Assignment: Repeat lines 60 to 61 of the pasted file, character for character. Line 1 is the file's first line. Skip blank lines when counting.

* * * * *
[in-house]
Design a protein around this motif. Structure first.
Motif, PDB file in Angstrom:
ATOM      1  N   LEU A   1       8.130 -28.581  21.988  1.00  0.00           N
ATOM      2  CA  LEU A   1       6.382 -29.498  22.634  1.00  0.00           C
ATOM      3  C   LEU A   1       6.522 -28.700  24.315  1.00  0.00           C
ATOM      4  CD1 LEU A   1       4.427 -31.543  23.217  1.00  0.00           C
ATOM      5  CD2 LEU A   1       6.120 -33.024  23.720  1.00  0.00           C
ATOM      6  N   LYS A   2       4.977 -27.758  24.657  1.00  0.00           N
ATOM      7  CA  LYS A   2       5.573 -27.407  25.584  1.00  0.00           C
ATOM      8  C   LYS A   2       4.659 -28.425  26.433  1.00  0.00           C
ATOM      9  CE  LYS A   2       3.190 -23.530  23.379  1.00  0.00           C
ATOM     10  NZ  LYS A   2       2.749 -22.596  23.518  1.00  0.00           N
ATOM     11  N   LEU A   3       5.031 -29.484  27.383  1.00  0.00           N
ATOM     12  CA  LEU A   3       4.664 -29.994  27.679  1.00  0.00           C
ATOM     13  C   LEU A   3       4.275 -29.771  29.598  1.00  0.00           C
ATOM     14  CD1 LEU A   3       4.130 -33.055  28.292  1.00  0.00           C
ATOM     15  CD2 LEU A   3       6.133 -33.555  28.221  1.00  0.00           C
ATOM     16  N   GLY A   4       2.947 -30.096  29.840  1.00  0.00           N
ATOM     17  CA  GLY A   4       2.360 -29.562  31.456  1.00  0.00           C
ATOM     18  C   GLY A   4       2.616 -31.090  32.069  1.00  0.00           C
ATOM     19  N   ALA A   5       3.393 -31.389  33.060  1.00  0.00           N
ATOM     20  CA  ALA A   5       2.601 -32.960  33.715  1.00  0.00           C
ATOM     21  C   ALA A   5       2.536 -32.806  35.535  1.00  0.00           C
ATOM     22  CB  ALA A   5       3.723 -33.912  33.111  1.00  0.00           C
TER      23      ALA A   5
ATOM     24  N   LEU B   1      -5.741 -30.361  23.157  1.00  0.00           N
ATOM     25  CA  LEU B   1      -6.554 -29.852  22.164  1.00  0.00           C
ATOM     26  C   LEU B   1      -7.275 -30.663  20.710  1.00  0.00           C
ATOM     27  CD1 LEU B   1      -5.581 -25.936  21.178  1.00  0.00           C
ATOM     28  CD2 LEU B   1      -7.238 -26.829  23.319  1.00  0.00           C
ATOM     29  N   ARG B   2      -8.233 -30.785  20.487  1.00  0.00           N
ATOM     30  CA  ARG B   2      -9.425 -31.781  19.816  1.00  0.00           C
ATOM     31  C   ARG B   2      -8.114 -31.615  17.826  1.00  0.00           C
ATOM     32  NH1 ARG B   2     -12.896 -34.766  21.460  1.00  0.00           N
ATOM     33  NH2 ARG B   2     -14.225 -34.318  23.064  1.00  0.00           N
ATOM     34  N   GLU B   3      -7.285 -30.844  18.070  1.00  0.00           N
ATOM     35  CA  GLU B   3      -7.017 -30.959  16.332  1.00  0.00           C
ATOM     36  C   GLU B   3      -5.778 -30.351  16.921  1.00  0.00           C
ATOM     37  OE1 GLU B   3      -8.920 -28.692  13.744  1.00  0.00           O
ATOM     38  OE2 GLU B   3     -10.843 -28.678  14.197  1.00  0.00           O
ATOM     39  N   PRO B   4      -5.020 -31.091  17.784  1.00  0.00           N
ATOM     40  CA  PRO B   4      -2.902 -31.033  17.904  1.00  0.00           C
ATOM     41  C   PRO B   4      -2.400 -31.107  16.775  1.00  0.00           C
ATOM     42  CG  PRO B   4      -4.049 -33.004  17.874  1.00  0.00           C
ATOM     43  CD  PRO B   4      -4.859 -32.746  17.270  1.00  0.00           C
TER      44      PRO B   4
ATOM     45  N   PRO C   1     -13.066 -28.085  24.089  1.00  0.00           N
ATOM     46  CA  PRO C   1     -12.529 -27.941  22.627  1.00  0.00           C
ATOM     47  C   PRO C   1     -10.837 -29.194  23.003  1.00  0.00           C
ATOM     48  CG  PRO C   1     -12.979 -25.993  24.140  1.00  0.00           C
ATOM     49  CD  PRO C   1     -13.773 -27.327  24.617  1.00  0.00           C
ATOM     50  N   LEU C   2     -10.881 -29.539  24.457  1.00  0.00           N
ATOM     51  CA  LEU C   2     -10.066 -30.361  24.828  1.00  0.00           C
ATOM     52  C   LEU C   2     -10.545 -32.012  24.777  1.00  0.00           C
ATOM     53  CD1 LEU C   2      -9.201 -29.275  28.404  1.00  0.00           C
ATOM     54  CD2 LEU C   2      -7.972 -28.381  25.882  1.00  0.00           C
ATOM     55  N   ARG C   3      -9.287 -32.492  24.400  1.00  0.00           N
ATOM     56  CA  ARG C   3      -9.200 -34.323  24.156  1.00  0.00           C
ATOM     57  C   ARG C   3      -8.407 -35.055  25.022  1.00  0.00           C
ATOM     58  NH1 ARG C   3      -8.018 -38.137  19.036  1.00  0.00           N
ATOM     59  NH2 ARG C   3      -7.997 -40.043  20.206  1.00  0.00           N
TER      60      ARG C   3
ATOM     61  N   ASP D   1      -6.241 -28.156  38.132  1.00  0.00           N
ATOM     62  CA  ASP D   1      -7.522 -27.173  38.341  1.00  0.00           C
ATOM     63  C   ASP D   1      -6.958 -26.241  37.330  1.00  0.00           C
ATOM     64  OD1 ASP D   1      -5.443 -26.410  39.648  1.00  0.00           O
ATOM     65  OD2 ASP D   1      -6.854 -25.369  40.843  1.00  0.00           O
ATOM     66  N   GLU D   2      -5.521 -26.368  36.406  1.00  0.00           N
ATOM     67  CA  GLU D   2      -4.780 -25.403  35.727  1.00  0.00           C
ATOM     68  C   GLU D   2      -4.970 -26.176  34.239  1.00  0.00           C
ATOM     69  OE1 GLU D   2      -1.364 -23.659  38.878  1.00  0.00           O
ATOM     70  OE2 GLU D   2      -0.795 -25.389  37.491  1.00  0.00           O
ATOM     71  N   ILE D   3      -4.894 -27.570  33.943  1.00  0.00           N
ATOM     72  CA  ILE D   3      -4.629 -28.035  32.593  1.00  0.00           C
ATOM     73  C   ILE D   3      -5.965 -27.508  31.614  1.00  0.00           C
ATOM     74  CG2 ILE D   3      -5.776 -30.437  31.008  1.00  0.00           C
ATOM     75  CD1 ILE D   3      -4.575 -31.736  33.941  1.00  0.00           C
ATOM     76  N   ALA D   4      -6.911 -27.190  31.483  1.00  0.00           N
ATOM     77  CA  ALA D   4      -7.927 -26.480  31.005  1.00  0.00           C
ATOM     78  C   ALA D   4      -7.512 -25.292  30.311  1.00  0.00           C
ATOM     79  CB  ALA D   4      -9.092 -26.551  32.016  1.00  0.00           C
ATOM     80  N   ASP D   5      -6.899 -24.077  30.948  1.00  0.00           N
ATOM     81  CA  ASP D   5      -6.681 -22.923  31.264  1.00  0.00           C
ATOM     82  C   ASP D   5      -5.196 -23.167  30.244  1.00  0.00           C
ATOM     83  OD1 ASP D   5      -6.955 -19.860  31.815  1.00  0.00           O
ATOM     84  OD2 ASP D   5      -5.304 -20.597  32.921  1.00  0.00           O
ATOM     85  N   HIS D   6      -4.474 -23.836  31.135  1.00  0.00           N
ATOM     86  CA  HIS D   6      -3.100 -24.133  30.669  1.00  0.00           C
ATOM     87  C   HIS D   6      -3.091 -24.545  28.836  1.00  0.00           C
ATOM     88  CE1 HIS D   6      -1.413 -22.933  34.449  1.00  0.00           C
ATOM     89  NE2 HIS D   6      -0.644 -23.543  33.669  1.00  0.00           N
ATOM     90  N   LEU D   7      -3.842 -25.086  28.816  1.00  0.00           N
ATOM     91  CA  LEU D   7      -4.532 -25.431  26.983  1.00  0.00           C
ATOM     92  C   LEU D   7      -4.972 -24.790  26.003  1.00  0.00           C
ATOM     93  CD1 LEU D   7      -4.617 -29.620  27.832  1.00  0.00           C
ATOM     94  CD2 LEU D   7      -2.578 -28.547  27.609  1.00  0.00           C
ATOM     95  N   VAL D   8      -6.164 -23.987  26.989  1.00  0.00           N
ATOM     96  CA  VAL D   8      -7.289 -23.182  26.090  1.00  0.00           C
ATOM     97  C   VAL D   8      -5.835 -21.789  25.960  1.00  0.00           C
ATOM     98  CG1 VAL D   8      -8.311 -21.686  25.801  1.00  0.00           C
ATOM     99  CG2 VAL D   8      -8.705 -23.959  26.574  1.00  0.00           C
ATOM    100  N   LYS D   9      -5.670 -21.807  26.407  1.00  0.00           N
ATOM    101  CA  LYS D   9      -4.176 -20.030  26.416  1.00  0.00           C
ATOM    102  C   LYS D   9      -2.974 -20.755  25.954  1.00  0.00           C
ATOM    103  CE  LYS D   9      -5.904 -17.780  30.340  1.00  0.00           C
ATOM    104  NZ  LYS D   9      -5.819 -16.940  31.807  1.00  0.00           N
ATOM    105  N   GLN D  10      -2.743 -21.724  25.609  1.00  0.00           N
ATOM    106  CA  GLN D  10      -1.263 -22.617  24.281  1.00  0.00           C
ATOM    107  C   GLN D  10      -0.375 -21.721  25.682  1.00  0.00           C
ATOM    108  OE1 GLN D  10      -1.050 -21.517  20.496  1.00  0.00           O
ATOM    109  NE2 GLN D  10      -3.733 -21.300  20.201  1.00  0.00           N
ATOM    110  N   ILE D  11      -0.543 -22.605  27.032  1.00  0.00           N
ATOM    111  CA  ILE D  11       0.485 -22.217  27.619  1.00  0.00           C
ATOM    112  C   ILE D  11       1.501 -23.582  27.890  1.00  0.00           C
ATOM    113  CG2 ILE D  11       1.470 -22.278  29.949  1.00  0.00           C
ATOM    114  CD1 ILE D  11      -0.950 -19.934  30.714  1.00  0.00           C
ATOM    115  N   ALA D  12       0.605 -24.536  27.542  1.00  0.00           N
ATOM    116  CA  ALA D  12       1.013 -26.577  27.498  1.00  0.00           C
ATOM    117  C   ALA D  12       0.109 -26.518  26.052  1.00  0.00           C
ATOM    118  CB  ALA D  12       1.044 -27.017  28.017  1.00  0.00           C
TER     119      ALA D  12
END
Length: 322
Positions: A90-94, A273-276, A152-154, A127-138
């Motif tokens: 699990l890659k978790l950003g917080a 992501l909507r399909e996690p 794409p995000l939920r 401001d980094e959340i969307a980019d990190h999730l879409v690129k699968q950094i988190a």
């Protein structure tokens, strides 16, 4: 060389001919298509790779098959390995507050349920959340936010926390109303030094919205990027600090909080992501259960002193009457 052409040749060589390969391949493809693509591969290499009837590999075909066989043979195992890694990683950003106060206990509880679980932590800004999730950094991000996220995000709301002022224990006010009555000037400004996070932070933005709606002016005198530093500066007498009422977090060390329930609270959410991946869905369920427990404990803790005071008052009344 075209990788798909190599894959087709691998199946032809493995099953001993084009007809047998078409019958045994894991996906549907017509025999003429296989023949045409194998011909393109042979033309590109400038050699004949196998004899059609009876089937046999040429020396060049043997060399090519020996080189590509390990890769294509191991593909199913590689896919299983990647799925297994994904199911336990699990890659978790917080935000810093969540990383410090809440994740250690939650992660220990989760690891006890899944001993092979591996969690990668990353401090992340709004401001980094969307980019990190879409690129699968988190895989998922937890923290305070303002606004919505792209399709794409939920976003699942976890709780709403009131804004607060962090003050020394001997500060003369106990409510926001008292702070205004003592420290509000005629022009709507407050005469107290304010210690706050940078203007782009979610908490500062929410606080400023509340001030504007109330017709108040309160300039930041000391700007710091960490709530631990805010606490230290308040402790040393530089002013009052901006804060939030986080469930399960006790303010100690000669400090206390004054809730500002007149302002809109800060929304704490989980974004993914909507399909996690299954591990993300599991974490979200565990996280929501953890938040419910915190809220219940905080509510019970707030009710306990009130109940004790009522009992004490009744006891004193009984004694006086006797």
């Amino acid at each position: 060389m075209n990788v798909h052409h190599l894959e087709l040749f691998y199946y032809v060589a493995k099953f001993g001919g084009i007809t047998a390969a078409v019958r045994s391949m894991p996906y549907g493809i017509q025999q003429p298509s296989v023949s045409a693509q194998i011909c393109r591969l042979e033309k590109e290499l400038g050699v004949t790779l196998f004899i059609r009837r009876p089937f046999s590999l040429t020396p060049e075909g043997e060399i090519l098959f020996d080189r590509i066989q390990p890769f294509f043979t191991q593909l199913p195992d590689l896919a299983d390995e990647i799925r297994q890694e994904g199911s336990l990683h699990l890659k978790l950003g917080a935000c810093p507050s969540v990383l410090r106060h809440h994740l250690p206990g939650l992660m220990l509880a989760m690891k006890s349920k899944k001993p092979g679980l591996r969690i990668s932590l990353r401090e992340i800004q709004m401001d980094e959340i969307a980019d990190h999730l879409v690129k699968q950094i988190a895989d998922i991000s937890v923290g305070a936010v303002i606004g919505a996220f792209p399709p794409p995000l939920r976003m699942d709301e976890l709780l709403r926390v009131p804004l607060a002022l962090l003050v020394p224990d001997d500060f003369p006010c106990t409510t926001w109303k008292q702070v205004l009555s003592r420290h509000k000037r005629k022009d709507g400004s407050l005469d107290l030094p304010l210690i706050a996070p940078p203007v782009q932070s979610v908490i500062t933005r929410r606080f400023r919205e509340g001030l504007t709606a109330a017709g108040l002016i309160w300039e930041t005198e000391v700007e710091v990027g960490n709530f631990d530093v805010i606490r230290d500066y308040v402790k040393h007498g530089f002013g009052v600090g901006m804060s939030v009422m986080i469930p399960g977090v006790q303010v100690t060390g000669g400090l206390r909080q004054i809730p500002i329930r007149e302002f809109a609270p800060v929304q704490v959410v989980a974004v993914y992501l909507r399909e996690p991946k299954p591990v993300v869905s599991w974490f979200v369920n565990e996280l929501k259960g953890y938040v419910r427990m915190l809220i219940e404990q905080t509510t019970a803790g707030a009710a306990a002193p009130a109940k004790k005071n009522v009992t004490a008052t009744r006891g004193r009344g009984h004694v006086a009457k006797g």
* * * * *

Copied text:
ATOM     57  C   ARG C   3      -8.407 -35.055  25.022  1.00  0.00           C
ATOM     58  NH1 ARG C   3      -8.018 -38.137  19.036  1.00  0.00           N